Making Quantum Cryptography Safe and Practical
Most protocols for quantum key distribution (QKD)—a quantum cryptography technique—encode an encryption key in discrete quantum states, such as the two orthogonal polarizations of a photon. While some QKD protocols are immune to hacking, they require the detection of single photons, an ability not available in existing telecommunication networks. Now, Anthony Leverrier at Inria in France and colleagues have provided theoretical arguments for the security of continuous-variable (CV) QKD, a version that relies on interferometric detection schemes widely used in high-speed telecom networks. The result suggests that CVQKD holds potential for large-scale deployment in such networks.
Instead of discrete polarization states, CVQKD uses coherent quantum states that can be encoded in continuous variables like the amplitude and phase of an optical signal traveling through a fiber. Previous security proofs using this encoding, however, required these coherent states to be randomly chosen from an infinite set of states derived from a continuous distribution, which can’t be accurately prepared in real-world systems.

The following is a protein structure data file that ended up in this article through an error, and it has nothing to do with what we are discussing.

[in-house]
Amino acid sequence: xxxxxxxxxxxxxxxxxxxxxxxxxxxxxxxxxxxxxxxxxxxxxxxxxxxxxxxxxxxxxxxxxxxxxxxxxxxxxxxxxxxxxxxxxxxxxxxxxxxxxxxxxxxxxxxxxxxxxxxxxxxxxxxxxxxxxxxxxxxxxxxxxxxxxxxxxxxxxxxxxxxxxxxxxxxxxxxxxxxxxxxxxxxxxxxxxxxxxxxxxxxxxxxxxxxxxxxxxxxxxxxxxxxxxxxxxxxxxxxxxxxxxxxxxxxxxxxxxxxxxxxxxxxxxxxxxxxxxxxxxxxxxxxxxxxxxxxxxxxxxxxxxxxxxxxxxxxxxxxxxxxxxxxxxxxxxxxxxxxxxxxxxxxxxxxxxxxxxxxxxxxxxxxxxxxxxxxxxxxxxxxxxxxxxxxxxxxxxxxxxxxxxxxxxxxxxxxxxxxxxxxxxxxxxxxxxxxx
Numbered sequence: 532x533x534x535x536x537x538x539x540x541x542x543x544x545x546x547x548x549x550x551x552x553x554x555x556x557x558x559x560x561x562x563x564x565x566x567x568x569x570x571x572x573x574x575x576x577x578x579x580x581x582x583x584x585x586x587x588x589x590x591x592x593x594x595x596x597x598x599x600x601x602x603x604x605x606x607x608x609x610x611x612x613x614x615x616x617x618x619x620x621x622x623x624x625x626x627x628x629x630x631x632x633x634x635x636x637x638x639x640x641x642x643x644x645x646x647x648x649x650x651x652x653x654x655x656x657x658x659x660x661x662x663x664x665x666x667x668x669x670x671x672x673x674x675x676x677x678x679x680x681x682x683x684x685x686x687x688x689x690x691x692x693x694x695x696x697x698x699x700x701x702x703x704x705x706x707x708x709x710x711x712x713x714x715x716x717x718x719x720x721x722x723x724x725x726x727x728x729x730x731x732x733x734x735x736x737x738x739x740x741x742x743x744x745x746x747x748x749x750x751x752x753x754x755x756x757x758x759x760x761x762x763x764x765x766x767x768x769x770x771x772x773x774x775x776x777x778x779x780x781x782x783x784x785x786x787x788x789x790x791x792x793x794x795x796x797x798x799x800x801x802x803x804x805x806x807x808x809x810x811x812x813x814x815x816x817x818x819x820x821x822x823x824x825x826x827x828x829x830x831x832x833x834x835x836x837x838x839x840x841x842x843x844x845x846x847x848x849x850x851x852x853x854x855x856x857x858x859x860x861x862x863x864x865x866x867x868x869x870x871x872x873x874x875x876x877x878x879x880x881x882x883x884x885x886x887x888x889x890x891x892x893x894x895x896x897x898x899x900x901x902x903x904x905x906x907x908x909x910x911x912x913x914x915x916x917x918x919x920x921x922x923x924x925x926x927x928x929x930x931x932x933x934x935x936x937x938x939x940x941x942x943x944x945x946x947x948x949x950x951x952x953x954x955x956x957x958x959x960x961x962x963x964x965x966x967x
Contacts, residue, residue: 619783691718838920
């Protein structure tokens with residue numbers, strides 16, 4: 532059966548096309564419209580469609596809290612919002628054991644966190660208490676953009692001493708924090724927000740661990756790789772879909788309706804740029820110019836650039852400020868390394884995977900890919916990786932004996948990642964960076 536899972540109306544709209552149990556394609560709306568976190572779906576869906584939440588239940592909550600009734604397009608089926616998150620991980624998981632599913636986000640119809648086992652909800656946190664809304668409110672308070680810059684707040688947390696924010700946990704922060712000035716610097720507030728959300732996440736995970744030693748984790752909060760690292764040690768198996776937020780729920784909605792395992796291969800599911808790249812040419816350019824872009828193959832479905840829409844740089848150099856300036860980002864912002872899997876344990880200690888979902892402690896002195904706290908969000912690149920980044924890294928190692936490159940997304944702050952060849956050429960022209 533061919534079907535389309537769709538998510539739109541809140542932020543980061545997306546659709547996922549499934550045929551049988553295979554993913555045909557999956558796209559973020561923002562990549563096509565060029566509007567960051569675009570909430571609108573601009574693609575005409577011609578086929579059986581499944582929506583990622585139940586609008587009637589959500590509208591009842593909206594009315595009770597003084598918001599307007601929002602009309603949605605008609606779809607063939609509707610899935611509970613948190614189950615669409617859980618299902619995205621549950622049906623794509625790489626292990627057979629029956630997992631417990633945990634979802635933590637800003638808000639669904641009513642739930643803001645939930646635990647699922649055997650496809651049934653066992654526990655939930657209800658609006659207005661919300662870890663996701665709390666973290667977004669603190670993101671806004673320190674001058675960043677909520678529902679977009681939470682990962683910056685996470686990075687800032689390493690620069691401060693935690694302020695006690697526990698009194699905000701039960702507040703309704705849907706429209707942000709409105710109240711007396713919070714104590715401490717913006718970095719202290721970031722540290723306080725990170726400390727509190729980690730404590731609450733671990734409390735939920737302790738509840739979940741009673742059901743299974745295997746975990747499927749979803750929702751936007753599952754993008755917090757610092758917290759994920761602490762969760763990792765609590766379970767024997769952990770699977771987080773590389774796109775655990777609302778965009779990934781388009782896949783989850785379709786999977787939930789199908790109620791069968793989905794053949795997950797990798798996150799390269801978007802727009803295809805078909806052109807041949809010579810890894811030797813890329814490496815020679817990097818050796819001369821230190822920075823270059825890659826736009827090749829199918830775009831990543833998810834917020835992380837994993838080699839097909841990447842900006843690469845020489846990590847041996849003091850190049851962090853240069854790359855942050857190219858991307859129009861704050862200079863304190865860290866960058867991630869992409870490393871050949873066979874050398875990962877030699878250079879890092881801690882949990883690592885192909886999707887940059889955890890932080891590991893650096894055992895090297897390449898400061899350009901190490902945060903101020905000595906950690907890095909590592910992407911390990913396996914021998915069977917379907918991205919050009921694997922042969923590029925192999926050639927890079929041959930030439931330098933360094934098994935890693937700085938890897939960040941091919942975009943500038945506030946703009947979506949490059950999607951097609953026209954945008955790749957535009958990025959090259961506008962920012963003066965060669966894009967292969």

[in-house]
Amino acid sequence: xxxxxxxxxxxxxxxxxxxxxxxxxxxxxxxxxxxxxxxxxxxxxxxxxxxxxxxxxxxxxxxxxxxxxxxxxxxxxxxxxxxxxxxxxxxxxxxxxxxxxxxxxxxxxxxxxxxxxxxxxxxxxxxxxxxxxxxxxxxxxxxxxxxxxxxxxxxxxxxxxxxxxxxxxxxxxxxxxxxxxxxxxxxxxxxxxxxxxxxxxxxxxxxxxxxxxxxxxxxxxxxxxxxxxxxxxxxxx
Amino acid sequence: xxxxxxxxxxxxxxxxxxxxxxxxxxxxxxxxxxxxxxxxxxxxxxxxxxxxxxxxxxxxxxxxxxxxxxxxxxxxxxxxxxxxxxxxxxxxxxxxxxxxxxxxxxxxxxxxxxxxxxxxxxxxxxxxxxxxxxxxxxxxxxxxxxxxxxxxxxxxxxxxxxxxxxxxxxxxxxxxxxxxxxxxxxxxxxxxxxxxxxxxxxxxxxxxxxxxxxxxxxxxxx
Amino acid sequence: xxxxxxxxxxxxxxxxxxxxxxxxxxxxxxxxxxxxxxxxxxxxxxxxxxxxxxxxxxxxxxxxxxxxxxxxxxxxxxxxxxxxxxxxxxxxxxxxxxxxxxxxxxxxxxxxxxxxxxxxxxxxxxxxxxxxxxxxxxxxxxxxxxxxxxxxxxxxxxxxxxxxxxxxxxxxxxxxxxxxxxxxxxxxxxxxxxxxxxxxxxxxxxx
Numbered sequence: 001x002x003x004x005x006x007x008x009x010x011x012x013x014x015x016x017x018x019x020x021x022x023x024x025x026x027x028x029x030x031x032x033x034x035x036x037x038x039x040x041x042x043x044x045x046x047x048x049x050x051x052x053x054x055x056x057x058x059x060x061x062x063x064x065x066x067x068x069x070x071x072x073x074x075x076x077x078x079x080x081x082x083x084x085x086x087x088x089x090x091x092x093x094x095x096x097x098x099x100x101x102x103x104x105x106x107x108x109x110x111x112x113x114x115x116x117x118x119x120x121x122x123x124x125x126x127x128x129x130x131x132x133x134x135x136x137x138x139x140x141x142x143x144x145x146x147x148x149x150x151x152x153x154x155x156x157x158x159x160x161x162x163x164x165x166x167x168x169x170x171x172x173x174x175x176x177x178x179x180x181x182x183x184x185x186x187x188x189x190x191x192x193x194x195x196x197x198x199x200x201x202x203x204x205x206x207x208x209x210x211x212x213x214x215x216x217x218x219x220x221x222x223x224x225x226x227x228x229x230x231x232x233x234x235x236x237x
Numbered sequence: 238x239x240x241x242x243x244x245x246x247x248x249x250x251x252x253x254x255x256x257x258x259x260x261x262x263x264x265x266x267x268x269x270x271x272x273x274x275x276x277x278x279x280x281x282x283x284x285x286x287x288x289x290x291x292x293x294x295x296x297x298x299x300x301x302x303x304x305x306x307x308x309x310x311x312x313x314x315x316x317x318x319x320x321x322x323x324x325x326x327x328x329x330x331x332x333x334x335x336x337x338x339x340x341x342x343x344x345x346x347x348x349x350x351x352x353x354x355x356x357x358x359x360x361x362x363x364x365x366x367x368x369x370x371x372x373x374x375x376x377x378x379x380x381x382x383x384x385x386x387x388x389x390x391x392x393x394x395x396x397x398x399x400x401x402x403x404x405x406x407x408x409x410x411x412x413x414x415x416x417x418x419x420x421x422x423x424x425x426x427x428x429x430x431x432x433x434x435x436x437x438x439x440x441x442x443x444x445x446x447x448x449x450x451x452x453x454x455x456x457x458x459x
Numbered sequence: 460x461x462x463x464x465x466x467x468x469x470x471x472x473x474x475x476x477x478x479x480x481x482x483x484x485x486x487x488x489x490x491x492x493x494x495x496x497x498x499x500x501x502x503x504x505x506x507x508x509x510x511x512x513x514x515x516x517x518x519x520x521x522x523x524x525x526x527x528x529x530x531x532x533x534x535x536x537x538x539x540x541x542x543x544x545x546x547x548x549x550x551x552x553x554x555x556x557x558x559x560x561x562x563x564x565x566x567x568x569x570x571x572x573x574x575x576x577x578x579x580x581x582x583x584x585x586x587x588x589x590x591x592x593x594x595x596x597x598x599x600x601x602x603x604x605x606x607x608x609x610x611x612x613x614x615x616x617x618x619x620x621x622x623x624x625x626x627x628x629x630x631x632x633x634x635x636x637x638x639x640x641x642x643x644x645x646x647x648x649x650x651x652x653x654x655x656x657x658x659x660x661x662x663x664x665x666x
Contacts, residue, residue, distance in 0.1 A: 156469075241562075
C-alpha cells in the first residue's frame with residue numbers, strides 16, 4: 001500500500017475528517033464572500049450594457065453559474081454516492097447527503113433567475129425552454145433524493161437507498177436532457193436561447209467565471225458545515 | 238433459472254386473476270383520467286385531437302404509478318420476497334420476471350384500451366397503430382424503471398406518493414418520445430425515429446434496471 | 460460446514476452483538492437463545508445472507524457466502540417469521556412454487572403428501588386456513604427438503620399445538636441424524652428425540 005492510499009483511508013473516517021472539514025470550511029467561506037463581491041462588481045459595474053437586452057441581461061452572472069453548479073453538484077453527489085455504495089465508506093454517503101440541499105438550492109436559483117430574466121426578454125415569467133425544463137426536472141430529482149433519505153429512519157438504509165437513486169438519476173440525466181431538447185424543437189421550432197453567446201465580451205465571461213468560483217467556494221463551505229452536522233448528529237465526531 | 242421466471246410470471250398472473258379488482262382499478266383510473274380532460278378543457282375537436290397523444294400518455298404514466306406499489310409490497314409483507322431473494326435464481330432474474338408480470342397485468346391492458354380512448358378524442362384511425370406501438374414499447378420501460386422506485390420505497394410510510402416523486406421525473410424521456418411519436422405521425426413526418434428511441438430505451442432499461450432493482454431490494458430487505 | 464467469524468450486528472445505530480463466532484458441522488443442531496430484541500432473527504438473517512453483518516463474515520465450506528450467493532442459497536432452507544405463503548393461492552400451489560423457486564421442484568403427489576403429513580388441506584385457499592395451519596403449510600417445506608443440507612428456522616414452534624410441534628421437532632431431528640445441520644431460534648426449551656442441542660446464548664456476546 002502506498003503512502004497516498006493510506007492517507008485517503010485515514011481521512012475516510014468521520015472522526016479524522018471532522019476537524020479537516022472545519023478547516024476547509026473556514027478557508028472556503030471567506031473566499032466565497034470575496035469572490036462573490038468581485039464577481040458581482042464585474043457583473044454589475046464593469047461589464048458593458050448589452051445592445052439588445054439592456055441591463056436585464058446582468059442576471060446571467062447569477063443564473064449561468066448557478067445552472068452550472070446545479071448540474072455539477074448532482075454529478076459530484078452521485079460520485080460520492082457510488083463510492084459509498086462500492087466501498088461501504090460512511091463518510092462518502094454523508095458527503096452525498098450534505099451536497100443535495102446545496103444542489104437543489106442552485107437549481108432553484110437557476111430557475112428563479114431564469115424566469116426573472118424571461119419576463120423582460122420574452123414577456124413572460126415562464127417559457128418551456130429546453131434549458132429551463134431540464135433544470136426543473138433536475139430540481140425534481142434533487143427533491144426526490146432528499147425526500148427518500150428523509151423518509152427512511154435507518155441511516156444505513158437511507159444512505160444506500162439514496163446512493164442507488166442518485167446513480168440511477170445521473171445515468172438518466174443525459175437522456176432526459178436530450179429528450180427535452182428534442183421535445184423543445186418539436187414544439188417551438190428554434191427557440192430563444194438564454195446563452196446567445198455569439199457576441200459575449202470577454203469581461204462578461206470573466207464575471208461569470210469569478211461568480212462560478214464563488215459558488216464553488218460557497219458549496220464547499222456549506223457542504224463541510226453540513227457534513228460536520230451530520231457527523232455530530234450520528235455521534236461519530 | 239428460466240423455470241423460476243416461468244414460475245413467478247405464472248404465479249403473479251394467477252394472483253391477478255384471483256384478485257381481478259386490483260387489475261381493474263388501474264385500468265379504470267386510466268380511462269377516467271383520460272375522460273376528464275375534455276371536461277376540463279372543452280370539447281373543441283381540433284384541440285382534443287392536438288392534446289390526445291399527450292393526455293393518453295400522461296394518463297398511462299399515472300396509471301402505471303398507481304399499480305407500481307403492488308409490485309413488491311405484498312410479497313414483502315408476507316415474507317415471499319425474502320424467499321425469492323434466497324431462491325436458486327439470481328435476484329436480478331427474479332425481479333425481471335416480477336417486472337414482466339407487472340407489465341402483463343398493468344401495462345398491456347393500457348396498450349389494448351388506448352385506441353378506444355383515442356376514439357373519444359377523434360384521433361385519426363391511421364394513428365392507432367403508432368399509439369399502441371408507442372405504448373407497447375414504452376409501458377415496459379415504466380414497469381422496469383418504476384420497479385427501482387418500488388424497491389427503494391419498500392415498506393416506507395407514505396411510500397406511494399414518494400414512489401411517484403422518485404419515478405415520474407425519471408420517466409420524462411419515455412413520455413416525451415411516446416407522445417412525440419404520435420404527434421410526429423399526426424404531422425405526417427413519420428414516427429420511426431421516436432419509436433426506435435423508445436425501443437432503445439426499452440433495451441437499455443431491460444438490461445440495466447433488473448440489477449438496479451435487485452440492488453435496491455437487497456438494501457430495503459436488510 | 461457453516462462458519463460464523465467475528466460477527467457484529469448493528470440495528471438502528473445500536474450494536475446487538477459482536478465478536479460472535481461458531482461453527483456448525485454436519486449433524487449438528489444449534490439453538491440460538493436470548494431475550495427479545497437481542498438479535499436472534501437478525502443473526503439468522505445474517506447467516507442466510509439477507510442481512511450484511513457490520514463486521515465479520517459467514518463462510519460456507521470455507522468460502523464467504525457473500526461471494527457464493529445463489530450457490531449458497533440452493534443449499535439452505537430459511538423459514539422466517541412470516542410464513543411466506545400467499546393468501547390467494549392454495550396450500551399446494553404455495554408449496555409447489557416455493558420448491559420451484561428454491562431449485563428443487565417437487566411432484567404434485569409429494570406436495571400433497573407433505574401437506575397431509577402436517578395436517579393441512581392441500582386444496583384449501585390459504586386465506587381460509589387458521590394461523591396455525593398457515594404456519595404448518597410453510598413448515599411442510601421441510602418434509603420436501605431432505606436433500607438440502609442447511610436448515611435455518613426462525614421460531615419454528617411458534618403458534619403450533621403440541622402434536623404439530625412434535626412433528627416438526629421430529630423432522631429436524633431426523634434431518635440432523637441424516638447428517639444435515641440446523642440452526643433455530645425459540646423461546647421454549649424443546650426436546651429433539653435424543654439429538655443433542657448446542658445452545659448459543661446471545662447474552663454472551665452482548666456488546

Leverrier and his team analyzed a CVQKD protocol that uses only four quantum states, which can be reliably prepared with available optical technology. Their analysis shows that this protocol could securely transmit a secret key over distances ranging from 50 to 150 km, depending on the noise in the transmission channel. The team acknowledges that their proof has an important limitation: It assumes the receiver has perfect knowledge of the channel’s noise. The researchers, however, believe that they could soon remove this limitation.
This research is published in Physical Review X.
Matteo Rini is the Deputy Editor of Physics.